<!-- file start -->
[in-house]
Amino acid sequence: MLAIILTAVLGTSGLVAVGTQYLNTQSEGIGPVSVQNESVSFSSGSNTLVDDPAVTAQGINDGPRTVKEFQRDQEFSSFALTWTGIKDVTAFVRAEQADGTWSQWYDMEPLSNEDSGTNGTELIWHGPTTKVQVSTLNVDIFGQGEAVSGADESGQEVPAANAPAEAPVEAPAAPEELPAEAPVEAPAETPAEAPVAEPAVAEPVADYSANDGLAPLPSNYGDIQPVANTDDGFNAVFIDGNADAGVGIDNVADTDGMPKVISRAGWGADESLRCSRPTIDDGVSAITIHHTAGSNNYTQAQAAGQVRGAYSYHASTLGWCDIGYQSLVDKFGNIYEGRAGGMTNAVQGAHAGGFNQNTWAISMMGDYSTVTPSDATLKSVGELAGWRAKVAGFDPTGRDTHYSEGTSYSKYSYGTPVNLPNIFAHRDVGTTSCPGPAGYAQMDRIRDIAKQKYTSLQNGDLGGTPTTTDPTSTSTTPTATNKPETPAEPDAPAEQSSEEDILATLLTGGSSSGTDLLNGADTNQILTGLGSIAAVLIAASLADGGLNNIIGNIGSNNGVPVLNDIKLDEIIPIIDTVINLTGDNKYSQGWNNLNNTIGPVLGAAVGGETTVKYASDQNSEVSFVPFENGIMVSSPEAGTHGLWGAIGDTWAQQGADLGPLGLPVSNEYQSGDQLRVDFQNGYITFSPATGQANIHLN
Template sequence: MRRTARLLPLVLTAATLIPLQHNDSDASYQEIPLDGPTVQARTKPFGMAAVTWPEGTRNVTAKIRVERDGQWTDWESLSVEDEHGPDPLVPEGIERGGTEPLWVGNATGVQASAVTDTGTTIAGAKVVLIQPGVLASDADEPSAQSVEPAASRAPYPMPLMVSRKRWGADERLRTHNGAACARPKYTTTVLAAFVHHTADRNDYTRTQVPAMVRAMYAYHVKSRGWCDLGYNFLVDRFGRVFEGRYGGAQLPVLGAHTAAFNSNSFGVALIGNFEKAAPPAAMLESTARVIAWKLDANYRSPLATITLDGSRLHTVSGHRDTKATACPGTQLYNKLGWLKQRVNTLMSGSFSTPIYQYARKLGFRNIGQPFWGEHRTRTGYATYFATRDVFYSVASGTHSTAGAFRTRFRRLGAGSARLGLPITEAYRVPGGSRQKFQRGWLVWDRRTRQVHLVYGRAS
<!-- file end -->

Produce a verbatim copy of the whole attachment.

[in-house]
Amino acid sequence: MLAIILTAVLGTSGLVAVGTQYLNTQSEGIGPVSVQNESVSFSSGSNTLVDDPAVTAQGINDGPRTVKEFQRDQEFSSFALTWTGIKDVTAFVRAEQADGTWSQWYDMEPLSNEDSGTNGTELIWHGPTTKVQVSTLNVDIFGQGEAVSGADESGQEVPAANAPAEAPVEAPAAPEELPAEAPVEAPAETPAEAPVAEPAVAEPVADYSANDGLAPLPSNYGDIQPVANTDDGFNAVFIDGNADAGVGIDNVADTDGMPKVISRAGWGADESLRCSRPTIDDGVSAITIHHTAGSNNYTQAQAAGQVRGAYSYHASTLGWCDIGYQSLVDKFGNIYEGRAGGMTNAVQGAHAGGFNQNTWAISMMGDYSTVTPSDATLKSVGELAGWRAKVAGFDPTGRDTHYSEGTSYSKYSYGTPVNLPNIFAHRDVGTTSCPGPAGYAQMDRIRDIAKQKYTSLQNGDLGGTPTTTDPTSTSTTPTATNKPETPAEPDAPAEQSSEEDILATLLTGGSSSGTDLLNGADTNQILTGLGSIAAVLIAASLADGGLNNIIGNIGSNNGVPVLNDIKLDEIIPIIDTVINLTGDNKYSQGWNNLNNTIGPVLGAAVGGETTVKYASDQNSEVSFVPFENGIMVSSPEAGTHGLWGAIGDTWAQQGADLGPLGLPVSNEYQSGDQLRVDFQNGYITFSPATGQANIHLN
Template sequence: MRRTARLLPLVLTAATLIPLQHNDSDASYQEIPLDGPTVQARTKPFGMAAVTWPEGTRNVTAKIRVERDGQWTDWESLSVEDEHGPDPLVPEGIERGGTEPLWVGNATGVQASAVTDTGTTIAGAKVVLIQPGVLASDADEPSAQSVEPAASRAPYPMPLMVSRKRWGADERLRTHNGAACARPKYTTTVLAAFVHHTADRNDYTRTQVPAMVRAMYAYHVKSRGWCDLGYNFLVDRFGRVFEGRYGGAQLPVLGAHTAAFNSNSFGVALIGNFEKAAPPAAMLESTARVIAWKLDANYRSPLATITLDGSRLHTVSGHRDTKATACPGTQLYNKLGWLKQRVNTLMSGSFSTPIYQYARKLGFRNIGQPFWGEHRTRTGYATYFATRDVFYSVASGTHSTAGAFRTRFRRLGAGSARLGLPITEAYRVPGGSRQKFQRGWLVWDRRTRQVHLVYGRAS